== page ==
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Baseball's financial excess needs a timeout

Where is the outrage, the pressure to reduce government spending?

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If you thought Washington was beginning to look like the poster child for financial excess, turn your gaze to Major League Baseball for a moment.

During the off-season, the New York Yankees spent just over $400 million on three new players and then had the nerve to ask the city and state of New York for $450 million in tax-exempt bonds to complete their new $2.3 billion stadium.

Ten miles to the east, the New York Mets spent $77 million this past off-season on new deals. And they plan on opening the 2009 season with a new $850 million stadium; it recently asked New York City for an extra $88 million on top of the $547 million they've already received.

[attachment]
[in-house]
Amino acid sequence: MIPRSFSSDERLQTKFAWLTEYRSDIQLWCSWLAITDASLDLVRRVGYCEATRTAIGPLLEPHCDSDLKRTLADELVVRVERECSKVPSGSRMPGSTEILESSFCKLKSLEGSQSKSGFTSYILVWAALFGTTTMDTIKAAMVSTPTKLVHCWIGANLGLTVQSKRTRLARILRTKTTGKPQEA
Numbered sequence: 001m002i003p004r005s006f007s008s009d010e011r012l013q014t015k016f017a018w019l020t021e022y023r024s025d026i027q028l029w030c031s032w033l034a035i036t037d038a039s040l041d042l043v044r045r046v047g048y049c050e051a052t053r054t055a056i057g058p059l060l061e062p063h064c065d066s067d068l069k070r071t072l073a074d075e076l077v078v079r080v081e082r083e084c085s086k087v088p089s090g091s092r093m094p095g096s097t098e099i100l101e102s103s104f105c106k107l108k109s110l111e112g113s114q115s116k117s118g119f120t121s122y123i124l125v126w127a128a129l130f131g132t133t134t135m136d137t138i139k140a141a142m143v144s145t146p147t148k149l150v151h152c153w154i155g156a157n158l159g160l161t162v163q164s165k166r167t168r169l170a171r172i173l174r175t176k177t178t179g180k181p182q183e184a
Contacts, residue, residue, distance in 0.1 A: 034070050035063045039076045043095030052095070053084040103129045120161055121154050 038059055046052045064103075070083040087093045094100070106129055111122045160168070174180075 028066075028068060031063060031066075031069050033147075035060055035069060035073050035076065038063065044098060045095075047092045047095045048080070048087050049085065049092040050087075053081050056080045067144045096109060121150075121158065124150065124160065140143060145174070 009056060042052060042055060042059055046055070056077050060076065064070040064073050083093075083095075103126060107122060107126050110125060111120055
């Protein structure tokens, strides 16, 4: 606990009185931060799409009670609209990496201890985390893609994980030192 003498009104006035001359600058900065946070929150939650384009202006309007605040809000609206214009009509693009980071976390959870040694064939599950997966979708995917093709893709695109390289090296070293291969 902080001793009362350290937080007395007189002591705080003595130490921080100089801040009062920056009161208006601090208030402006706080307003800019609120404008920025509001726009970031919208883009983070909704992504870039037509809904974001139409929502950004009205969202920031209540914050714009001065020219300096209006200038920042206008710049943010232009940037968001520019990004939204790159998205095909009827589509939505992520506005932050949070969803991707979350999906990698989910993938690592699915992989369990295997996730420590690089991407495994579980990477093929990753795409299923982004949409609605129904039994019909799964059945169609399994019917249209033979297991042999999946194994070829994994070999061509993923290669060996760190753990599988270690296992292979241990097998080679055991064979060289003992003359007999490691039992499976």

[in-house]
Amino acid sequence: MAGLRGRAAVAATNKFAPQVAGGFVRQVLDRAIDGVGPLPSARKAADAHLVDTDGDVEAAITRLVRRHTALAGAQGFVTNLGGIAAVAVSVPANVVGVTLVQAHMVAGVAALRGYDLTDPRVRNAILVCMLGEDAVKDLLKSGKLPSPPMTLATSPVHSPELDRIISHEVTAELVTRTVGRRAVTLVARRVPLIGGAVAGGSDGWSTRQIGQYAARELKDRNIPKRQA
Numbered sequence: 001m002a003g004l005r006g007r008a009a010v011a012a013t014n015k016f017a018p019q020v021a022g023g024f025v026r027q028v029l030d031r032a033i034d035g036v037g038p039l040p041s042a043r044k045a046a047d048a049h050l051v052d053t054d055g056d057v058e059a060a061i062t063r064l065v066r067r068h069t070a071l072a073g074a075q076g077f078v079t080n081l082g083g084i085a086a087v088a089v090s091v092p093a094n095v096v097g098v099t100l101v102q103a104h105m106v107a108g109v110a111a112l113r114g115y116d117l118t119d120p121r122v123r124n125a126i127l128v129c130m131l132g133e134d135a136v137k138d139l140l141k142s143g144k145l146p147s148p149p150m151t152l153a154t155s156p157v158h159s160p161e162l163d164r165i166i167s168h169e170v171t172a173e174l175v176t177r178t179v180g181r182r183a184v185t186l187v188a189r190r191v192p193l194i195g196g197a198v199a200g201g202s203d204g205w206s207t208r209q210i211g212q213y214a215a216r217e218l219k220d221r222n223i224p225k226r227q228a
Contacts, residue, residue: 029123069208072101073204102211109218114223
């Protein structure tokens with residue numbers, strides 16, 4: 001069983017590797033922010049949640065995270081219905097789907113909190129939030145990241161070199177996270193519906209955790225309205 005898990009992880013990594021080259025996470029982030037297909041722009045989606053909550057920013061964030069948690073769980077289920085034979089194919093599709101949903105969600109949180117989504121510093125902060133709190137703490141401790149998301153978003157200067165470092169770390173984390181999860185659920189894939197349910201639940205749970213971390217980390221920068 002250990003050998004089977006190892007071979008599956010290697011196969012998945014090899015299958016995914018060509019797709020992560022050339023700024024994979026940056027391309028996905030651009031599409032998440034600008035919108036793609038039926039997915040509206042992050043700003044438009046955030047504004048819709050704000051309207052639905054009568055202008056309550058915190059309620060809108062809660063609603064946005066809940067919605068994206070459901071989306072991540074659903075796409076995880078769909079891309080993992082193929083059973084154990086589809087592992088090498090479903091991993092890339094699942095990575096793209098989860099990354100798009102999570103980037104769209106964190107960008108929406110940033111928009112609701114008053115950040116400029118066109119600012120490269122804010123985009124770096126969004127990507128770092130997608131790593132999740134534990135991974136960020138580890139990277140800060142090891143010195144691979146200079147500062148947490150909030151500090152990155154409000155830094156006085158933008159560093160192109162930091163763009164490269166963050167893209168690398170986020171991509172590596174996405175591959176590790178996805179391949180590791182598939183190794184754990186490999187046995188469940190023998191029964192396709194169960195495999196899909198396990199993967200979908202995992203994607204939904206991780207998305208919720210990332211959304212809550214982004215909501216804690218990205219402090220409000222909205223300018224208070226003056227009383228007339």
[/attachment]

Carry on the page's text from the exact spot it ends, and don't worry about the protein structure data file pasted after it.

Take both teams' requests into consideration, and the taxpayers of the State of New York have funded close to $2 billion of new stadium-related costs. To make matters worse, both teams have a deal with the state not to pay sales or property tax on the stadiums or other related structures built (i.e., parking garages), and also plan to receive low-cost electricity from the state.

And what are the Yankees spending their money on? Teak armed seats, HDTVs in bathrooms, a Jumbo Tron, and stadium restaurants that threaten the business of local restaurants. Smells like a raw deal.

Granted, millions of Americans brave standing room only and high ticket prices to enjoy America's pastime, but how are baseball executives across the country asking for this kind of money from taxpayers with straight faces? How about spending that kind of money on education? Remind me again why this public funding of baseball is shielded from scrutiny?


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